When dealing with Julius Malema, it's been common for some time to talk of a mix of brash and bling, and cunning and confusion. There's been times when he's shown real political genius. And times when he's just lost the plot completely. His recent behaviour seems to be slightly more surreal, slightly odder, slightly more inexplicable than usual. Why? And is there a plan? Or is there just panic? By STEPHEN GROOTES.
It's obvious the main reason the ANC's national disciplinary committee decided it had to expel, rather than suspend, Malema was because of his conduct during the hearings into aggravation and mitigation of sentence. He had already been convicted by the appeals panel, but decided he had to go back to the original panel, and refuse to accept that decision. In the process, he was refusing to accept and respect the ANC's constitution, and thus, he had to go. (There's some politics here though. It's a wonderful opportunity for the appeals panel to show how forgiving the ANC is, by turning that expulsion into a suspension.) But that's beside the point. Why did Malema behave in this way? I have to confess, it's been bugging me. Surely, his representative, Dali Mpofu, realised what such behaviour would mean. And the NDC has pointed out in its statement, that Malema made this comment while giving his evidence in chief. He didn't need prompting, it wasn't the result of prodding and probing by an ANC prosecutor. If we can answer this question clearly, then we get an insight into Malema's current strategy. But don't expect it to be a simple one.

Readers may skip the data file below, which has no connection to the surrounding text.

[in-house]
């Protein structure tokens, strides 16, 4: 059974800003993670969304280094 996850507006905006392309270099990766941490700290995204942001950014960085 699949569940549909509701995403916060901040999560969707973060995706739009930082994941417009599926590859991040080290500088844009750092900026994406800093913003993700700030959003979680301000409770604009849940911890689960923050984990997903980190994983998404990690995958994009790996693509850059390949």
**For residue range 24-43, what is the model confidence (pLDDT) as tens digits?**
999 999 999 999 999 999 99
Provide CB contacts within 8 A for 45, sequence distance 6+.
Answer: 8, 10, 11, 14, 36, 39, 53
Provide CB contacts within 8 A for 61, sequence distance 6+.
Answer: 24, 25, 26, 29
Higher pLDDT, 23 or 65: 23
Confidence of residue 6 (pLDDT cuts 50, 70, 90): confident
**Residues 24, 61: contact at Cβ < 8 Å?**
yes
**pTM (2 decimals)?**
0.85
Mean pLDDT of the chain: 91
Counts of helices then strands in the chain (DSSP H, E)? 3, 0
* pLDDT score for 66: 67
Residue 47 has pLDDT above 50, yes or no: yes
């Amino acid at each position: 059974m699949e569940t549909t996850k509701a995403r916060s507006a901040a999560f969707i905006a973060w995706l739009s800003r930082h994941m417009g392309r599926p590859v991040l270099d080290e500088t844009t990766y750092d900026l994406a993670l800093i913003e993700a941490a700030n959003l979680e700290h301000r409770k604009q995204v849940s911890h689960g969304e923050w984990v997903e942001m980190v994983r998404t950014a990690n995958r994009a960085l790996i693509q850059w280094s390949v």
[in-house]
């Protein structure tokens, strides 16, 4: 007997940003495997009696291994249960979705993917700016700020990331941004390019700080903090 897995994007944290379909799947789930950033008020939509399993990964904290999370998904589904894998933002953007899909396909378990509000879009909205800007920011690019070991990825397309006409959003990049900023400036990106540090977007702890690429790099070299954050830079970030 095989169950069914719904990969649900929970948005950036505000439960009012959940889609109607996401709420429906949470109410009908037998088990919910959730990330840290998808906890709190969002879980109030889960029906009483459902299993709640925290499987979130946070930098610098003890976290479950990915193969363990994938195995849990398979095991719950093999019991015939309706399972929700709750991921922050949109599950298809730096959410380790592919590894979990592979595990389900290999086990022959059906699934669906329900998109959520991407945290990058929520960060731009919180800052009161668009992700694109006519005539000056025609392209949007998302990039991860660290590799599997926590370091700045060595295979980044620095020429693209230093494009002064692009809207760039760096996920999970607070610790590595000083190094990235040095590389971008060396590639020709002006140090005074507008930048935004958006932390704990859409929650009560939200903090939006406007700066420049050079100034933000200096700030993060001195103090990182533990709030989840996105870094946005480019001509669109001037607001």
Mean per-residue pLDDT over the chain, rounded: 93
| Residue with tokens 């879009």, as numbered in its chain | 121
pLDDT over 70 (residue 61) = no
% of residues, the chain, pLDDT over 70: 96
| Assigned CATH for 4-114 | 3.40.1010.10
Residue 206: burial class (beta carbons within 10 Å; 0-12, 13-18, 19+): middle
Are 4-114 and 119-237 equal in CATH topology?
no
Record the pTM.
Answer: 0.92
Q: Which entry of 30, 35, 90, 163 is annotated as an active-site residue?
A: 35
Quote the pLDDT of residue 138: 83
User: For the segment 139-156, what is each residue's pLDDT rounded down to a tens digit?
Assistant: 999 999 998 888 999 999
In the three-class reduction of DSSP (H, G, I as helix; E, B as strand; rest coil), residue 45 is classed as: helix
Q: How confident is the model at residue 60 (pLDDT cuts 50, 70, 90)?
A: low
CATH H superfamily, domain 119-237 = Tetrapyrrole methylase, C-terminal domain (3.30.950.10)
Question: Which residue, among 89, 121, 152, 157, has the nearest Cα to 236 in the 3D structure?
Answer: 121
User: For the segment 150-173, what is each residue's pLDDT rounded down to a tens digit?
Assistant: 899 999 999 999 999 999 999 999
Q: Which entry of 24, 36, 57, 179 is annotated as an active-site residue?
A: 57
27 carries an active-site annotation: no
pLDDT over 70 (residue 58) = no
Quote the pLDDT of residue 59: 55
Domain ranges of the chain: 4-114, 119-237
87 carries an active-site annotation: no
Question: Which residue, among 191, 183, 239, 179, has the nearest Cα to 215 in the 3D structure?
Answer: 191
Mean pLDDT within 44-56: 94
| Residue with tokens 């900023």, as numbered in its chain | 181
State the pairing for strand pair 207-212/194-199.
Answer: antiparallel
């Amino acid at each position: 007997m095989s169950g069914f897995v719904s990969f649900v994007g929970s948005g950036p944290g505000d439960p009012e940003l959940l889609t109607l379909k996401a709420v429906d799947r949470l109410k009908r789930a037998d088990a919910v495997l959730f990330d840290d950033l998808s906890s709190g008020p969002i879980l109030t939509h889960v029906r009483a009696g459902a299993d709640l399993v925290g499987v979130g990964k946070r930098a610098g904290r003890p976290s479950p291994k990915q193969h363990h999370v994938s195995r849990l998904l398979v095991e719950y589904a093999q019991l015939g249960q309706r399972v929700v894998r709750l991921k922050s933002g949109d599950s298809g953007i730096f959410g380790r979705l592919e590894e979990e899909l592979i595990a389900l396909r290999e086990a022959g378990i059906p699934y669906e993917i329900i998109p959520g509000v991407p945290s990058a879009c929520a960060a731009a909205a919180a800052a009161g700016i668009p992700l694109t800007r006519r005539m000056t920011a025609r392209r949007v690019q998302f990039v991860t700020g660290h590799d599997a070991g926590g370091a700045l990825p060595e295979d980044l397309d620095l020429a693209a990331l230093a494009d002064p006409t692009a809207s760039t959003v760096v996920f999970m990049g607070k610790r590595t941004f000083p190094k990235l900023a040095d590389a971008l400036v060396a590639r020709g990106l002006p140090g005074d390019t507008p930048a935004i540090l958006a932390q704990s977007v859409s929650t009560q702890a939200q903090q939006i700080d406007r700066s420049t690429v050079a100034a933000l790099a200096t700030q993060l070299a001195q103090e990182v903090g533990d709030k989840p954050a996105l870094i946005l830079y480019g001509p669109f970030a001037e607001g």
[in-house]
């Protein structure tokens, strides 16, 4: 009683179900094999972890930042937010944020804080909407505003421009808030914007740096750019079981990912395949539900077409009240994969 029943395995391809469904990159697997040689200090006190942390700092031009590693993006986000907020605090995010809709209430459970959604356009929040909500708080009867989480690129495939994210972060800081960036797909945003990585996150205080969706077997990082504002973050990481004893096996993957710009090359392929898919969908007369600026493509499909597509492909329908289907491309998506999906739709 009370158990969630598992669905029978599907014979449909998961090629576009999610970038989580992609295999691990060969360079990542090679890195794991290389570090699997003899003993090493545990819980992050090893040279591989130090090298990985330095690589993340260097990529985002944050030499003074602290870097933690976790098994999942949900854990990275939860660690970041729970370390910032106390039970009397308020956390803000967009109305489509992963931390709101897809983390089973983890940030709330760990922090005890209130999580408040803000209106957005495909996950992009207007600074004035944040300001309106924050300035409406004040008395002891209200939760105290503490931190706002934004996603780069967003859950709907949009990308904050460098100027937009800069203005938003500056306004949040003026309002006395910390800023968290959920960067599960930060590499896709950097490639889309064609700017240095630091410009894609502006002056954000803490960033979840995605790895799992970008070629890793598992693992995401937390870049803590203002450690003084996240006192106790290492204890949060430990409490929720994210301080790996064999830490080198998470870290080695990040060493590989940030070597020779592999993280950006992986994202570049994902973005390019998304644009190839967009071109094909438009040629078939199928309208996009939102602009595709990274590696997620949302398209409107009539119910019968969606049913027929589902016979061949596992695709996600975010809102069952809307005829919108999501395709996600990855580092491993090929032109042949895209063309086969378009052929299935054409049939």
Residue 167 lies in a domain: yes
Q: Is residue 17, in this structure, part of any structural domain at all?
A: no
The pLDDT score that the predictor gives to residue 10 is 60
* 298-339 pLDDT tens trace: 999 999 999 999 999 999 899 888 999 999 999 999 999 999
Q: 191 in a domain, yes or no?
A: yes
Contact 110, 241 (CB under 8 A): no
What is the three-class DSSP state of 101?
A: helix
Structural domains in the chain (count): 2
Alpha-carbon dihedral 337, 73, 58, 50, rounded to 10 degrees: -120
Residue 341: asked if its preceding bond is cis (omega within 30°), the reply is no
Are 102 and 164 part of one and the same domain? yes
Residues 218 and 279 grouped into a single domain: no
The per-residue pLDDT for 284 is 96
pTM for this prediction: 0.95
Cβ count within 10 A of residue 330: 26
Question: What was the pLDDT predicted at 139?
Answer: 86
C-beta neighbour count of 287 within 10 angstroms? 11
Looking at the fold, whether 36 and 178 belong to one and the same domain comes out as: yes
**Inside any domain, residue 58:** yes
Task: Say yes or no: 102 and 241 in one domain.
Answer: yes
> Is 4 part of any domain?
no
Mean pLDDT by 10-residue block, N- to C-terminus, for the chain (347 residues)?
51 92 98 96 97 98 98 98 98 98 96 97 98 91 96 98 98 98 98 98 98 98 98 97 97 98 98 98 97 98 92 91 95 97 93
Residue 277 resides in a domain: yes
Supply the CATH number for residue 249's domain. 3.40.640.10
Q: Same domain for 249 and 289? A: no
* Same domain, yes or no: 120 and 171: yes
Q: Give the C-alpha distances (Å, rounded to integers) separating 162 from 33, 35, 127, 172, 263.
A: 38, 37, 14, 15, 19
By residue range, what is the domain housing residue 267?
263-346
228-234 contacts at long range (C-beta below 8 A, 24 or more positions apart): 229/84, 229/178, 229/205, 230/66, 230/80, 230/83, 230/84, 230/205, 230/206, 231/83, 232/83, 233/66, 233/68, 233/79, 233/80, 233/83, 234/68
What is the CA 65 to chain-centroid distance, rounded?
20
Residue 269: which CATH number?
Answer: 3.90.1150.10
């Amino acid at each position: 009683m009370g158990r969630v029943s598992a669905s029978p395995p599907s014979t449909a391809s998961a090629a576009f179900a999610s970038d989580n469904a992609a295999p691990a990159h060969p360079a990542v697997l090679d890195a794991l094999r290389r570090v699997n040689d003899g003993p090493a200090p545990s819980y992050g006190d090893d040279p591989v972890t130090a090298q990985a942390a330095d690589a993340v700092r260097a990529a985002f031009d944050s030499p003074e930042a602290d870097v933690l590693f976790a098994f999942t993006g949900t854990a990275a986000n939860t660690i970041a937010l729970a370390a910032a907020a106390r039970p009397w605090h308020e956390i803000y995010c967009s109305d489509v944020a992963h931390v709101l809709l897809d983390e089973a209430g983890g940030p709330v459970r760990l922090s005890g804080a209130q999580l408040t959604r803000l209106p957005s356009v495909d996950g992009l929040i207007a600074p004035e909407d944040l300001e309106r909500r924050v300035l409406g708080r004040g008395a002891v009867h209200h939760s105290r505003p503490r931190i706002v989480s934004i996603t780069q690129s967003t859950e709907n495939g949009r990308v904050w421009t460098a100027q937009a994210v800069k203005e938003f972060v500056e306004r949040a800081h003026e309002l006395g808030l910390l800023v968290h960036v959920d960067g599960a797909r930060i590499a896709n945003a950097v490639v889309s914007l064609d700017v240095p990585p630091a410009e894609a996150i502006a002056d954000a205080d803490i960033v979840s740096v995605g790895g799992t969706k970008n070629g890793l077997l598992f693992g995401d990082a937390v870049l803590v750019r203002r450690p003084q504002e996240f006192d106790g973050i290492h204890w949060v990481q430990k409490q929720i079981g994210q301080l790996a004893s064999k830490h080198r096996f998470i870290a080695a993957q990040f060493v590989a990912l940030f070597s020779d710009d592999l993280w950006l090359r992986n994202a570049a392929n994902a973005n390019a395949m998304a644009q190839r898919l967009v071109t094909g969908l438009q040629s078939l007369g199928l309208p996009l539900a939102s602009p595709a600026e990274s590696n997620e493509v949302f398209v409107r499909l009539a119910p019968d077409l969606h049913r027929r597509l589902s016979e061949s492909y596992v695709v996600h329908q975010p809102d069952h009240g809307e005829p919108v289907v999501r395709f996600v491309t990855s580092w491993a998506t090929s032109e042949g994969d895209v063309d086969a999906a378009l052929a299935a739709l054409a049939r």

We have to ask a few questions about Malema's motivation. What drives him? One of the answers to that has simply got to be some sort of nostalgia for the Struggle he wasn't a part of. Remember his testimony during his hate speech trial, that he was given a gun at the age of 13, and told to go and shoot white people during the Chris Hani funeral? There's no way to verify such a story. And there's a strong whiff of wishful thinking about it. Malema cannot go and shoot white people in the name of liberation now. And so, he may believe the next best thing is to get thrown out of the ANC by a group of black people he can claim are being manipulated by whites. Or, in a slightly simpler formation, he can be expelled by a group of people who he claims are sell-outs. Throw in the political advice he will be getting from his guru, Winnie Madikizela-Mandela, and you have a compelling argument for the case that this is actually the behaviour of a tortured soul.
But then there could be a political stratagem at work as well. If he is expelled, what then for Malema (apart from jail of course)? He has been protesting very much that he won't leave the ANC, that his blood is green, black and gold etc. To paraphrase the old political saw that "we're right behind you until we're no longer right behind you", perhaps he's making the point time and time again: that he's loyal to the ANC, it's the ANC that's not loyal to him. This means that when he is expelled, he can claim that he's been treated unfairly, that the ANC left him – it was the party that sold out, not him. It would also allow him to play into his own revolutionary mythology, that the ANC is no longer radical, and that it's up to him and his followers to turn the Freedom Charter into reality.